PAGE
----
WASHINGTON — Politicians in several countries around the world are turning toward regulation as a way to handle the titans of Silicon Valley.
Europe is growing frustrated at the pace of progress in reforming antitrust laws. It’s unclear whether the U.S. government is willing to embrace the same path or is convinced that the internet economy is too big and complex to be tampered with in this way.
And there’s one other possible course for regulators around the world: far more or far fewer of them, or at least fewer commissioners with direct contact with the top tech firms.
“We’re getting the impression that this will be a digital version of the Charter-Tribune speech,” said Law School Professor Andres Ding, referring to the repeal of the Smith Act by former British Prime Minister Margaret Thatcher in 1984. “There is the potential to get rid of one central agency in a digital age and get rid of a large collection of attorneys who write rules.”
That would be bad news for the offices of the Federal Trade Commission and the Federal Communications Commission, two federal regulators with direct power over monopoly and anticompetitive behavior.
Indeed, speaking last week at the Brookings Institution, FTC Chairman Joe Simons openly pondered whether there were ways of avoiding what he termed the “remarkable overlap” between consumer protection responsibilities and competition oversight at his agency.
So far, there is no consensus among top U.S. antitrust enforcers about how to approach the issue.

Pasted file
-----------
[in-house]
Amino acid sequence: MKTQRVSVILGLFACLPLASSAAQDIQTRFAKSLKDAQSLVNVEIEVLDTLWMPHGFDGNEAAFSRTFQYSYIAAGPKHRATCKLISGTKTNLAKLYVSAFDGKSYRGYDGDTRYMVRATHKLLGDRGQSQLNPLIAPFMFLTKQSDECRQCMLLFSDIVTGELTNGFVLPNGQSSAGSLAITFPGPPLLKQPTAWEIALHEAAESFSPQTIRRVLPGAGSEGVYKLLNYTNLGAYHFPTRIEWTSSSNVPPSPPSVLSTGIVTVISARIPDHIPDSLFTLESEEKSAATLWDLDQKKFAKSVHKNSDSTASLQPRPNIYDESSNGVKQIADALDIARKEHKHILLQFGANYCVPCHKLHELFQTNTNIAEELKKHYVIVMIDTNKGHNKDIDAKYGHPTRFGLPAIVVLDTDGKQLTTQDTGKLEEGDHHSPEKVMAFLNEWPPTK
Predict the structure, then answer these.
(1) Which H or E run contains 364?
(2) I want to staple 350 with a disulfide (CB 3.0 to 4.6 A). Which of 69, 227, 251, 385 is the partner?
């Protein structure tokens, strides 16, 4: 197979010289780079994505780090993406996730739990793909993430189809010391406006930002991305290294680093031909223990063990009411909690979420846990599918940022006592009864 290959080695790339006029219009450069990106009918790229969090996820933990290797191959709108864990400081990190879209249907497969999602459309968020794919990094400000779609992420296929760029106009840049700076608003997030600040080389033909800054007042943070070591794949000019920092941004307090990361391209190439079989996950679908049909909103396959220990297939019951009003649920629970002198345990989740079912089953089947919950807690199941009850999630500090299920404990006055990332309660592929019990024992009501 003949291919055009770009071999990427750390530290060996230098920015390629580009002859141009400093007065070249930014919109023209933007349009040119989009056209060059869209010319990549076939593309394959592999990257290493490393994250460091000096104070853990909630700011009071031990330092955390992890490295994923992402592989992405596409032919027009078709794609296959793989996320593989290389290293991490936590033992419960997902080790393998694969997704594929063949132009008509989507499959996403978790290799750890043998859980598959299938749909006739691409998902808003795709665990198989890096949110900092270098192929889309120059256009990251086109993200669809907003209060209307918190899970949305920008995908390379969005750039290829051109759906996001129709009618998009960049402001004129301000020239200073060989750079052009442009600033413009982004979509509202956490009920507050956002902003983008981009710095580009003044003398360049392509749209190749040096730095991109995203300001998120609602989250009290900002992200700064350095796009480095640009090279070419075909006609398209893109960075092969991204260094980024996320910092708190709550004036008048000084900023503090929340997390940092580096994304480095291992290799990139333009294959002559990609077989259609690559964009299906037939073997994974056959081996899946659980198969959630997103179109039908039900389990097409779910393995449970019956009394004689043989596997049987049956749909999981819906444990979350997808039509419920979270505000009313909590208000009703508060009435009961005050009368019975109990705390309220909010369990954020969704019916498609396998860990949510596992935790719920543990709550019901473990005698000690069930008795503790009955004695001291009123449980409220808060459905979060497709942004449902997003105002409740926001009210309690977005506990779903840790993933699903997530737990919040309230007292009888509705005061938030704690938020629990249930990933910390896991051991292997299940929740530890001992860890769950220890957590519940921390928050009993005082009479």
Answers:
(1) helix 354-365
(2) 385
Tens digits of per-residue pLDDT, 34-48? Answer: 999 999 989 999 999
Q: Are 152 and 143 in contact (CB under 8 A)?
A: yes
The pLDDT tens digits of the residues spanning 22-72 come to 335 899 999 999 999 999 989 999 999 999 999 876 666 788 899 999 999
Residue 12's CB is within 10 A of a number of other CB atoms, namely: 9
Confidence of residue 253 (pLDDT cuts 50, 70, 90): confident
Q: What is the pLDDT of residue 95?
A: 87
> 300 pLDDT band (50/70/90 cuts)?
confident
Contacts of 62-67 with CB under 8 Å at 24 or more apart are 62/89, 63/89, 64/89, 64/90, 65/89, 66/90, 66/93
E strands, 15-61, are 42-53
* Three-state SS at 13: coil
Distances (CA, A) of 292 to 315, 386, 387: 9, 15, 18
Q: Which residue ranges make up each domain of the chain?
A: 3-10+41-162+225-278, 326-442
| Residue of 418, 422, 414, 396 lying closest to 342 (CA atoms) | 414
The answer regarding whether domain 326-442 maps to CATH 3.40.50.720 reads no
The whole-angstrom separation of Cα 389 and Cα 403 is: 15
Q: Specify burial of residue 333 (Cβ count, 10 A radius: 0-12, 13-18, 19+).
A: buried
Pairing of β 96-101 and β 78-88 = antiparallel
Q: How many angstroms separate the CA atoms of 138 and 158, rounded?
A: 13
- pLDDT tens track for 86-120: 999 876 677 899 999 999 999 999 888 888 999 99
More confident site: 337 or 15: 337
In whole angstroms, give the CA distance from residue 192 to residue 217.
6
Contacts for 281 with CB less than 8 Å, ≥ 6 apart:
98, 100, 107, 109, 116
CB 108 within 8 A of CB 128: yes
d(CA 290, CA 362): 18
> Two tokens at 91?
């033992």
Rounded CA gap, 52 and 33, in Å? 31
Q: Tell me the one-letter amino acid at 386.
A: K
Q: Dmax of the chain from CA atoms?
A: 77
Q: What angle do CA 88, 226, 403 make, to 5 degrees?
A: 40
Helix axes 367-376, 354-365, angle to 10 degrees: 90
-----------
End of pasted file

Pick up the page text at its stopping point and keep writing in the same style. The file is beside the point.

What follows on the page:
“There may be a case-by-case approach in Europe, but we don’t have that in the United States right now,” said one antitrust lawyer who requested anonymity because he does not work for the Justice Department.
Europe’s antitrust regulators see it differently.
“For too long,” Competition Commissioner Margrethe Vestager recently said, “economic actors engaged in telecoms and tech firms have been able to effectively avoid accountability for their actions by exploiting consumer trust and tolerance, not least in the digital context.
“Whether you’re talking about Amazon, Google, Facebook or Apple, they all control valuable content and marketplaces. They also bundle services or offer rebates, offer platforms for commerce and you can find other products and services in them. It’s the same with search engines, where they bundle the advertising and pay the search engine companies to take their search results.”
Competitors say the resulting restrictions erode competition and force them to compete with arms-length arrangements and share of revenue.
“While the commission has multiple functions in competition policy, there is only one leg we’ve been walking,” according to the WEContest, an online campaign led by six European agencies with direct antitrust oversight of tech companies. “We need to ensure the goals of the current agency regime are being served and that the commission, on behalf of citizens across Europe, will have the mandate to tackle the digital harms that are regularly emerging.”
“The Commission intends to clarify the scope of its mandate to ensure antitrust and competition policy can be applied effectively,” a spokesman for the agency said.